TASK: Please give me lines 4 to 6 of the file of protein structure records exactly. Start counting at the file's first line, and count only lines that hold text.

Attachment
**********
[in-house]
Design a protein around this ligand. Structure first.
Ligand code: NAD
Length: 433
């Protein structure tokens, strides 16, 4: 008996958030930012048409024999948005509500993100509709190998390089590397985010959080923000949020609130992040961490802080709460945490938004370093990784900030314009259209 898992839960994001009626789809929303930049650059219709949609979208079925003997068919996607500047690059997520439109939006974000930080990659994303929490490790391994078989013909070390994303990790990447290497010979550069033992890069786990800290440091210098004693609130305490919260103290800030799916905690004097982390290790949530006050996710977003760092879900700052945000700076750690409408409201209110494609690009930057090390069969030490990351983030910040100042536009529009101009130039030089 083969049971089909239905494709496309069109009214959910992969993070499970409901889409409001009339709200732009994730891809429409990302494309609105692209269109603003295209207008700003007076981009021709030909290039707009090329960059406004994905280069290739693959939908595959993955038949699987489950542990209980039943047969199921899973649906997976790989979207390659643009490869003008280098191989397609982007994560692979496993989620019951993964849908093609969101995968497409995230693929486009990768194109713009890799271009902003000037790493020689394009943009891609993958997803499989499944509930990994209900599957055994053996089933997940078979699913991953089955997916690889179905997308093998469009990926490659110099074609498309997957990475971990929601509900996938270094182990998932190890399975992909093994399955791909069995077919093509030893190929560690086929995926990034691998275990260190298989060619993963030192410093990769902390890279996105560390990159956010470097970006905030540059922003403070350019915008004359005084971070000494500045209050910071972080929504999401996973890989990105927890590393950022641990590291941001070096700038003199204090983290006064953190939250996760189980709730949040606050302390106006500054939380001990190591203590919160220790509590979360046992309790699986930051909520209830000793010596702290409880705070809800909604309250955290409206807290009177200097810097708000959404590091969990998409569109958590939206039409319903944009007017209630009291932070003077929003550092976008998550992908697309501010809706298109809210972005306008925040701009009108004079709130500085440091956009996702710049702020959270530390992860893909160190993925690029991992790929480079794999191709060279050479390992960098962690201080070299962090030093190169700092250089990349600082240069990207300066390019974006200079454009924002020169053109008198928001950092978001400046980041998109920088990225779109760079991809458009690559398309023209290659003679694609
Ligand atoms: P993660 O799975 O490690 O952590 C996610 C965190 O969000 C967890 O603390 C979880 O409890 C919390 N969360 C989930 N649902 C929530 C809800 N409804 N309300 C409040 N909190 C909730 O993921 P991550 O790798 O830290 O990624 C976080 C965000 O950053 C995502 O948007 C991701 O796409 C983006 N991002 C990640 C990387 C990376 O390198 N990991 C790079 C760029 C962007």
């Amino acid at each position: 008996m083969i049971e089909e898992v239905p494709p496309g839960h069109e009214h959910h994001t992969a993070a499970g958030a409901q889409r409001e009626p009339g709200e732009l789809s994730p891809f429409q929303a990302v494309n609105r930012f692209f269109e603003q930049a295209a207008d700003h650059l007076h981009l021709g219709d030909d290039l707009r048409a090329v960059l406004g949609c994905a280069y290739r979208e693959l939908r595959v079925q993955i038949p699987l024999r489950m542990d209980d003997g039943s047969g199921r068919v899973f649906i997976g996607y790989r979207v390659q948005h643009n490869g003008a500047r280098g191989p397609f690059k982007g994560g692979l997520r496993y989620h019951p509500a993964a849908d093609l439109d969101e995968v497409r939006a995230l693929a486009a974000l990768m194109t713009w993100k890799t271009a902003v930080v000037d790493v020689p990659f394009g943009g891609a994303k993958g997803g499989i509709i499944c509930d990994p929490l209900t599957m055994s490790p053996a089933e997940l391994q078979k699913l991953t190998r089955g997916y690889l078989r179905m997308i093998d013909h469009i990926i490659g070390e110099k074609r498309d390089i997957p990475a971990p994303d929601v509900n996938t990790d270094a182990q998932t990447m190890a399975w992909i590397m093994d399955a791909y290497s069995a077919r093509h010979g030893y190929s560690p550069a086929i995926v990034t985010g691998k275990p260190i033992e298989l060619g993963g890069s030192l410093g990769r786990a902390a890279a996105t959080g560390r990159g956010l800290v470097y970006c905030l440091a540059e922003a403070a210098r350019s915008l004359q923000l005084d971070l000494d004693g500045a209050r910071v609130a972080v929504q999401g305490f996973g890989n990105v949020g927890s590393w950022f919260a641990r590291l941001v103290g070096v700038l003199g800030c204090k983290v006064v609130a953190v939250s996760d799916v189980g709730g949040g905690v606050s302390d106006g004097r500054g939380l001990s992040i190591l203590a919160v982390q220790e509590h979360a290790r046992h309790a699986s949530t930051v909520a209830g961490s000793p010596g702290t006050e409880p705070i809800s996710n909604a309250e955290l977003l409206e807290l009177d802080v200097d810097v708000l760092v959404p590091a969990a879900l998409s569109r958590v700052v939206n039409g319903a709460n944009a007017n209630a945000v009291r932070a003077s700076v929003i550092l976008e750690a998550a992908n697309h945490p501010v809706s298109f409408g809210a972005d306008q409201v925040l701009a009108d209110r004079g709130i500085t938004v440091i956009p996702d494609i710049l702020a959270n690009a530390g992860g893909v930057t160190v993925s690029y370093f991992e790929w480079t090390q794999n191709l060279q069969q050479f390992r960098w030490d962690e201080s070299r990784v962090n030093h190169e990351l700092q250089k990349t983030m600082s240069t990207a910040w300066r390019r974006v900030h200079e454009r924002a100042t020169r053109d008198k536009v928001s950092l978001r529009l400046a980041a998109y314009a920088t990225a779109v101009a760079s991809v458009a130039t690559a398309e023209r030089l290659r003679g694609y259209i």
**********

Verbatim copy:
Length: 433
């Protein structure tokens, strides 16, 4: 008996958030930012048409024999948005509500993100509709190998390089590397985010959080923000949020609130992040961490802080709460945490938004370093990784900030314009259209 898992839960994001009626789809929303930049650059219709949609979208079925003997068919996607500047690059997520439109939006974000930080990659994303929490490790391994078989013909070390994303990790990447290497010979550069033992890069786990800290440091210098004693609130305490919260103290800030799916905690004097982390290790949530006050996710977003760092879900700052945000700076750690409408409201209110494609690009930057090390069969030490990351983030910040100042536009529009101009130039030089 083969049971089909239905494709496309069109009214959910992969993070499970409901889409409001009339709200732009994730891809429409990302494309609105692209269109603003295209207008700003007076981009021709030909290039707009090329960059406004994905280069290739693959939908595959993955038949699987489950542990209980039943047969199921899973649906997976790989979207390659643009490869003008280098191989397609982007994560692979496993989620019951993964849908093609969101995968497409995230693929486009990768194109713009890799271009902003000037790493020689394009943009891609993958997803499989499944509930990994209900599957055994053996089933997940078979699913991953089955997916690889179905997308093998469009990926490659110099074609498309997957990475971990929601509900996938270094182990998932190890399975992909093994399955791909069995077919093509030893190929560690086929995926990034691998275990260190298989060619993963030192410093990769902390890279996105560390990159956010470097970006905030540059922003403070350019915008004359005084971070000494500045209050910071972080929504999401996973890989990105927890590393950022641990590291941001070096700038003199204090983290006064953190939250996760189980709730949040606050302390106006500054939380001990190591203590919160220790509590979360046992309790699986930051909520209830000793010596702290409880705070809800909604309250955290409206807290009177200097810097708000959404590091969990998409569109958590939206039409319903944009007017209630009291932070003077929003550092976008998550992908697309501010809706298109809210972005306008925040701009009108004079709130500085440091956009996702710049702020959270530390992860893909160190993925690029991992790929480079794999191709060279050479390992960098962690201080070299962090030093190169700092250089990349600082240069990207300066390019974006200079454009924002020169053109008198928001950092978001400046980041998109920088990225779109760079991809458009690559398309023209290659003679694609
Ligand atoms: P993660 O799975 O490690 O952590 C996610 C965190 O969000 C967890 O603390 C979880 O409890 C919390 N969360 C989930 N649902 C929530 C809800 N409804 N309300 C409040 N909190 C909730 O993921 P991550 O790798 O830290 O990624 C976080 C965000 O950053 C995502 O948007 C991701 O796409 C983006 N991002 C990640 C990387 C990376 O390198 N990991 C790079 C760029 C962007």